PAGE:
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The postoperative deterioration of the curve below spinal fusion instrumentation resulting in a distal adding-on (AO) phenomenon in idiopathic adolescent scoliosis (IAS) frequently requires surgical revision with disappointing secondary clinical results.
Analysis of AP (coronal) range of motion (cROM) and lateral (sagittal) range of motion (sROM) on dynamic (side-bending, flexion, extension) X-rays to determine the choice of the lowest instrumented vertebra (LIV) can help reduce distal adding-on. The goal of this study was to study the postoperative progression of the lumbar curve in Lenke 1 scoliosis operated on with a LIV based on dynamic X-ray results.
Materials and methods
Right-sided Lenke 1 IAS that was treated surgically by posterior arthrodesis alone with a follow-up of at least 2years was included in the study. The following radiographic parameters were evaluated: the Cobb angles of the curves, reducibility of the curves, the apex of the scoliosis, the central sacral vertical line, the stable vertebra (SV), the neutral vertebra (NV), the distances between the CSVL and the centroids of the LIV and of the first vertebra below instrumentation, as well as the tilt of the superior endplates. sROM and cROM were determined on dynamic X-rays.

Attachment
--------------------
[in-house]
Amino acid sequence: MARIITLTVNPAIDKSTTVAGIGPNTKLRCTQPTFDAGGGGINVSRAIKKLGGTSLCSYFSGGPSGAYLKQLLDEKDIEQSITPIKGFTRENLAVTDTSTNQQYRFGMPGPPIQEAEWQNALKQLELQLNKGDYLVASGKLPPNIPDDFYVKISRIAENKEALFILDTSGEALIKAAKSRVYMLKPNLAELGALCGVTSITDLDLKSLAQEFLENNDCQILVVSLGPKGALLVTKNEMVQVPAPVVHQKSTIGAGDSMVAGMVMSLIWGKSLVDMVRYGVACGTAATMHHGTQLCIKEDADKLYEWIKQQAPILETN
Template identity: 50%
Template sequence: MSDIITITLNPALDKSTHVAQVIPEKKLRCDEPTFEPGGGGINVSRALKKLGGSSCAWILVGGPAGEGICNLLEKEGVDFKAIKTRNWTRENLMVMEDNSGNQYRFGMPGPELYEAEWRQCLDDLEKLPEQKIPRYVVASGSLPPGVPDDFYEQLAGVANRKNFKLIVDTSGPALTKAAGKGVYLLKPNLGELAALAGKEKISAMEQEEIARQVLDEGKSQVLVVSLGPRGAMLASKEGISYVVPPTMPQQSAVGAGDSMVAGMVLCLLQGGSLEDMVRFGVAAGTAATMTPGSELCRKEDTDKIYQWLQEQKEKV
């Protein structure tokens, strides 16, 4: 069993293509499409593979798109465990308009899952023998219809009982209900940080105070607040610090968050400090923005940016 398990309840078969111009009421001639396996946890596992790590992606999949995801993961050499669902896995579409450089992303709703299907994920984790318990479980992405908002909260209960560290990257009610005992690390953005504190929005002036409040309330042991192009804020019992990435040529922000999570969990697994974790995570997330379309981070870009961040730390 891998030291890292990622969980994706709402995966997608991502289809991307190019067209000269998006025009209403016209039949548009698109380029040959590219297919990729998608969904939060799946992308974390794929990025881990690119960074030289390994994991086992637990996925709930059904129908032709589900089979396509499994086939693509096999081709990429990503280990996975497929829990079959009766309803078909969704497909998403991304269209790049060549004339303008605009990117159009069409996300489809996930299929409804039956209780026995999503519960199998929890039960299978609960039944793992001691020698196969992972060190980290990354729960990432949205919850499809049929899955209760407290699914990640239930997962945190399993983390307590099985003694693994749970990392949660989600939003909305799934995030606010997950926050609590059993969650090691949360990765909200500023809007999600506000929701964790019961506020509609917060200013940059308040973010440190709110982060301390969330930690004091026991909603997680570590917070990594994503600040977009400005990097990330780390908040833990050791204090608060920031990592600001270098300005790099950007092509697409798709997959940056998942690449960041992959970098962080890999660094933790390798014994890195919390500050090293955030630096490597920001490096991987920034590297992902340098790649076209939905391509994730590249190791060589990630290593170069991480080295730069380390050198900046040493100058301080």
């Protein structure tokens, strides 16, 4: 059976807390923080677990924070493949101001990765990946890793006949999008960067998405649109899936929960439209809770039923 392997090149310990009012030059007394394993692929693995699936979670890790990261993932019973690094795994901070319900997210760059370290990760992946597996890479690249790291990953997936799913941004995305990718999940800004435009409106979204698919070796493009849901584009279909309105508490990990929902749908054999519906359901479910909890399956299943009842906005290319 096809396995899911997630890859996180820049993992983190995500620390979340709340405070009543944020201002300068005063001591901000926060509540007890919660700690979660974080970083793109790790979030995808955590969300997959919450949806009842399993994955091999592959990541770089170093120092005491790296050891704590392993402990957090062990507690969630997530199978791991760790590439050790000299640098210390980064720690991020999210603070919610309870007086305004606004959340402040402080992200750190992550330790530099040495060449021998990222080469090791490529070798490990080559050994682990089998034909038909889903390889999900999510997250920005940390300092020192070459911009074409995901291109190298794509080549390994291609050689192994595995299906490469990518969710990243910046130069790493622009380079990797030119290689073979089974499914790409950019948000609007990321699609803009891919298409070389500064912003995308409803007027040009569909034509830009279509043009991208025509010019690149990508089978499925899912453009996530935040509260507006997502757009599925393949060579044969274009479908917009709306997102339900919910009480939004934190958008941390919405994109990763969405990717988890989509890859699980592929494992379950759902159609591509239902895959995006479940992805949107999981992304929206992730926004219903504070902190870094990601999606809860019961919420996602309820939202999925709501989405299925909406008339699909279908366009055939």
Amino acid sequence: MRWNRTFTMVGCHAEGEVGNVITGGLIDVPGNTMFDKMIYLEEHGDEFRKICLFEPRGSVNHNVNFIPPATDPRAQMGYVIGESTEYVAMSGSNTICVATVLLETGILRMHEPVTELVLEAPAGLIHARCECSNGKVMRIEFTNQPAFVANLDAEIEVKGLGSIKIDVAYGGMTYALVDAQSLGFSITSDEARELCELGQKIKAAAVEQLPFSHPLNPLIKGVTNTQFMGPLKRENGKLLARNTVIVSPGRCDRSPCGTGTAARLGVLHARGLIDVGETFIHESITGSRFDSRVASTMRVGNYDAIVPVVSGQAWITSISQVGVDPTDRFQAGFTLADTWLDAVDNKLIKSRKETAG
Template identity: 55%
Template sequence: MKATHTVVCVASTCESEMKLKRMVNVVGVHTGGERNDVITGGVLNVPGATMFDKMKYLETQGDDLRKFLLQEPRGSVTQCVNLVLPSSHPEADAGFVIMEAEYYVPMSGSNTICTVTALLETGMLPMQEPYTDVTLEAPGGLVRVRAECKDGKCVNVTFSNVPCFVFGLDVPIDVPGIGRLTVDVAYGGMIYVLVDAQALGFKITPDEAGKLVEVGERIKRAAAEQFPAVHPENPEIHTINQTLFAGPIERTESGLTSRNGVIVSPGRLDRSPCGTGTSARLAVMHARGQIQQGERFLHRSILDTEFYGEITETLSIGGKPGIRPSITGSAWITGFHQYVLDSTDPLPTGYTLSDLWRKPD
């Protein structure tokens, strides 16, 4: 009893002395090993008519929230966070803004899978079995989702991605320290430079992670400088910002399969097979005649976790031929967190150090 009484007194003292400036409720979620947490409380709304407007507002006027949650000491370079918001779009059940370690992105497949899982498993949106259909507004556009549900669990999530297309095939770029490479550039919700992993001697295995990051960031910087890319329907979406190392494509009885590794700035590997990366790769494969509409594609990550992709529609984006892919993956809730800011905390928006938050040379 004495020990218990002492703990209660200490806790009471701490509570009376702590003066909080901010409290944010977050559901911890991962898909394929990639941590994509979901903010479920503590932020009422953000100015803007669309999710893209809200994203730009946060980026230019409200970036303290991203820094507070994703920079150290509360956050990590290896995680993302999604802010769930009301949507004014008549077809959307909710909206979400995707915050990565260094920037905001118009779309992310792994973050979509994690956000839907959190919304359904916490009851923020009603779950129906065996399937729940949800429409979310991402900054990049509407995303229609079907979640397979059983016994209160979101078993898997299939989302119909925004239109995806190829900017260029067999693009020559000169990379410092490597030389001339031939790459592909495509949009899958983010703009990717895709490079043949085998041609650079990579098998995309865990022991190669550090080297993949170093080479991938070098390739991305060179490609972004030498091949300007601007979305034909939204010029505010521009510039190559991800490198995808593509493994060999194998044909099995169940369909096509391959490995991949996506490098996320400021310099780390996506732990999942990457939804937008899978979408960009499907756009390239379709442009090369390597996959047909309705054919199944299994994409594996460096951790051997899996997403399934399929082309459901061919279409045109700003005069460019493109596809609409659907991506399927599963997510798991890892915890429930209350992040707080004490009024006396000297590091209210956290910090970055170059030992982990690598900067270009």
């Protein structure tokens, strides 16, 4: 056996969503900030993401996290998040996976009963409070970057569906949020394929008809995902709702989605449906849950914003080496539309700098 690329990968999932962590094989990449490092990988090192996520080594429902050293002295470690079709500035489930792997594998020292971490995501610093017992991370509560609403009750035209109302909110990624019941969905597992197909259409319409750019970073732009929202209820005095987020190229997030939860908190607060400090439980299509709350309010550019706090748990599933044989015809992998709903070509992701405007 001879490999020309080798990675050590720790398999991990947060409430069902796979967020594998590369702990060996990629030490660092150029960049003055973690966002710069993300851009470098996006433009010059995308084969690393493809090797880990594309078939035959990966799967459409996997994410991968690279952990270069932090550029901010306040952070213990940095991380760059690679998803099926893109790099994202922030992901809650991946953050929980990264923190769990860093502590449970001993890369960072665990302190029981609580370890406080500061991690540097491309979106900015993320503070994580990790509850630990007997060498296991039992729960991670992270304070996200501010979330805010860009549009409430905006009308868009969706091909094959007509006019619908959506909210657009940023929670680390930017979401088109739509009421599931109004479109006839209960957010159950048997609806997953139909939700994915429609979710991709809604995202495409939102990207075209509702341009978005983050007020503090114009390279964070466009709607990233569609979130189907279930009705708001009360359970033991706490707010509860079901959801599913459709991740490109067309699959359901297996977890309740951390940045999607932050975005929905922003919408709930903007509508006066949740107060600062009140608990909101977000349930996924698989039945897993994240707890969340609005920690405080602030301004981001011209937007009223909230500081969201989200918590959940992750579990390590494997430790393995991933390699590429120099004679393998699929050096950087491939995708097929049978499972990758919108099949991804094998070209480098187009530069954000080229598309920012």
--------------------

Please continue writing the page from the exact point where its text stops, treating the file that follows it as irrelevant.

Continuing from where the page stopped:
Fifty IAS were evaluated/185 files. Only three cases fulfilled the criteria for AO including two that were secondary to peri- or postoperative complications. The lumbar curve presented with a loss of correction of 0.9° at one year and 1.14° at the final follow-up. None of the parameters studied were correlated to the deterioration of the lumbar curve.
The choice of the LIV has been shown to influence the deterioration of the lumbar curve and the development of AO. The choice of the LIV based on an analysis of AP (coronal) and lateral (sagittal) range of motion seems to prevent the development of AO.
Level of evidence
4, retrospective study.Le texte complet de cet article est disponible en PDF.
Keywords : Adolescent idiopathic scoliosis, Adding-on scoliosis, Scoliosis surgery, Side-bending radiograph, Lumbar range of motion